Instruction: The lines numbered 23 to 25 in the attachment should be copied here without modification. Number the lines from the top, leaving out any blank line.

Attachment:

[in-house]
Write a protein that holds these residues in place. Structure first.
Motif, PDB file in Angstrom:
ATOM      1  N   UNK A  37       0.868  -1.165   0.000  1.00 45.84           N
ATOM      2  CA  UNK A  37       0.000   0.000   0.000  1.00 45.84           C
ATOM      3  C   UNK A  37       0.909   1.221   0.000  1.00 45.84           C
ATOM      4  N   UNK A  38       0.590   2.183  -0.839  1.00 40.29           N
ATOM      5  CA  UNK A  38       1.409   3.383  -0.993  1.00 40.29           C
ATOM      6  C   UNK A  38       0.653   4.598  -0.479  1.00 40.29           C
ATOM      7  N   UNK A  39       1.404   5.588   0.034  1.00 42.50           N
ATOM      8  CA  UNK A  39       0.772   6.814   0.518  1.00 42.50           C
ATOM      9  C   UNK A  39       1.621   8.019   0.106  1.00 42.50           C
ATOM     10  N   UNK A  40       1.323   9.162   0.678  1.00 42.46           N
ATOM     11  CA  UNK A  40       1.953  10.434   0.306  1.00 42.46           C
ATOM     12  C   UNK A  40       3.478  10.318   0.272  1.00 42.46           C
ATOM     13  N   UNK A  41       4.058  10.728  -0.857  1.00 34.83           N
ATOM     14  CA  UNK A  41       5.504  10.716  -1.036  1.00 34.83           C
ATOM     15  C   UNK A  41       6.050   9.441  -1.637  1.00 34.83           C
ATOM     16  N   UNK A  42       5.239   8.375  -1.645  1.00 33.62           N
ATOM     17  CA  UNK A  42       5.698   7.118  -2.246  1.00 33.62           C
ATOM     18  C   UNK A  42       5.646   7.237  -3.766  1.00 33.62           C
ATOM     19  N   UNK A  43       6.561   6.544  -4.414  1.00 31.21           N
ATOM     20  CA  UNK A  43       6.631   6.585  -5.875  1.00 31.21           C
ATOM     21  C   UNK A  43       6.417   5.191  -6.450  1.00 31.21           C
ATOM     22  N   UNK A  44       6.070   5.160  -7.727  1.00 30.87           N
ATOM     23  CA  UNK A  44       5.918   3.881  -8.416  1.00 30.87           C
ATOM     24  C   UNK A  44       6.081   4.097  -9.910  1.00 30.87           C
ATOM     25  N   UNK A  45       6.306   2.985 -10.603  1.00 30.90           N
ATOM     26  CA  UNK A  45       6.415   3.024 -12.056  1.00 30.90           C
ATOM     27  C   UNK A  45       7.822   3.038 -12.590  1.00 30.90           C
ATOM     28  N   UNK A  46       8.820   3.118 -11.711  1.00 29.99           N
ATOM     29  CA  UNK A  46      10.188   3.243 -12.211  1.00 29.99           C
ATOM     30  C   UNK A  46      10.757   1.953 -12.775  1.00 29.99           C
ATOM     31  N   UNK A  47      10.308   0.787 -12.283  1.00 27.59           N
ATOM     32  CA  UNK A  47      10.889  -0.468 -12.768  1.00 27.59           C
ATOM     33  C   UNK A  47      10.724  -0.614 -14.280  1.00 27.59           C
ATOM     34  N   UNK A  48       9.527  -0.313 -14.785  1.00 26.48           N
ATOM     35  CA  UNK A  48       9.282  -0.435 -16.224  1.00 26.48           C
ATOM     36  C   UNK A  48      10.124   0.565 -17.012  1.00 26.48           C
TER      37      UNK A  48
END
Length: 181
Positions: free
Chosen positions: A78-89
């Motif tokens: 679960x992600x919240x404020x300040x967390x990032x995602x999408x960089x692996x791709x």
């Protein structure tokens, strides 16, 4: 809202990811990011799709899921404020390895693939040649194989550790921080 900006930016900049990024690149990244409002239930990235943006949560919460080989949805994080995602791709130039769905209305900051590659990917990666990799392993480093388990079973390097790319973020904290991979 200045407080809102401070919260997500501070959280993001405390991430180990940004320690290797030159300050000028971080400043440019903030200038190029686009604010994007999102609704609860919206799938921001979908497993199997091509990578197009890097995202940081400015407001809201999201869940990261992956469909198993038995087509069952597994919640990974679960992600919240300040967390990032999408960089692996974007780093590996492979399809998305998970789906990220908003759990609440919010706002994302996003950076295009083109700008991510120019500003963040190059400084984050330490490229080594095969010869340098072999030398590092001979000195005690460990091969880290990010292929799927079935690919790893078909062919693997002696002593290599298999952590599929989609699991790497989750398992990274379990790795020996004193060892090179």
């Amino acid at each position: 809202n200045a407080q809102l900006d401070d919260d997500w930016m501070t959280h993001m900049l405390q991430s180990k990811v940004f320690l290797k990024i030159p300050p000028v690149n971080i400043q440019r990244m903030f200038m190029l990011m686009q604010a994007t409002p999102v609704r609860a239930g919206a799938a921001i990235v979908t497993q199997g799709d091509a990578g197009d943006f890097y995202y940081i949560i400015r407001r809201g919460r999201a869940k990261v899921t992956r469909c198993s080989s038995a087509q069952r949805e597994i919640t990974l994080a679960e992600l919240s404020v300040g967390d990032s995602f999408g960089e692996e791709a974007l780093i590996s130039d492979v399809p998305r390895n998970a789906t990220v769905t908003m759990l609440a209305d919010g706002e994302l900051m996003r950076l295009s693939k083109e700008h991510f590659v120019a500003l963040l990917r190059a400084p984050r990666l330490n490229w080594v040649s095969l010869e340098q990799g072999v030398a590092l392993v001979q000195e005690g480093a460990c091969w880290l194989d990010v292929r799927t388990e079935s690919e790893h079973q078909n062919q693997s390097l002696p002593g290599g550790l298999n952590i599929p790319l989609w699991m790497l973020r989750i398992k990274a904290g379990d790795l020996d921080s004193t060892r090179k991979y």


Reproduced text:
ATOM     20  CA  UNK A  43       6.631   6.585  -5.875  1.00 31.21           C
ATOM     21  C   UNK A  43       6.417   5.191  -6.450  1.00 31.21           C
ATOM     22  N   UNK A  44       6.070   5.160  -7.727  1.00 30.87           N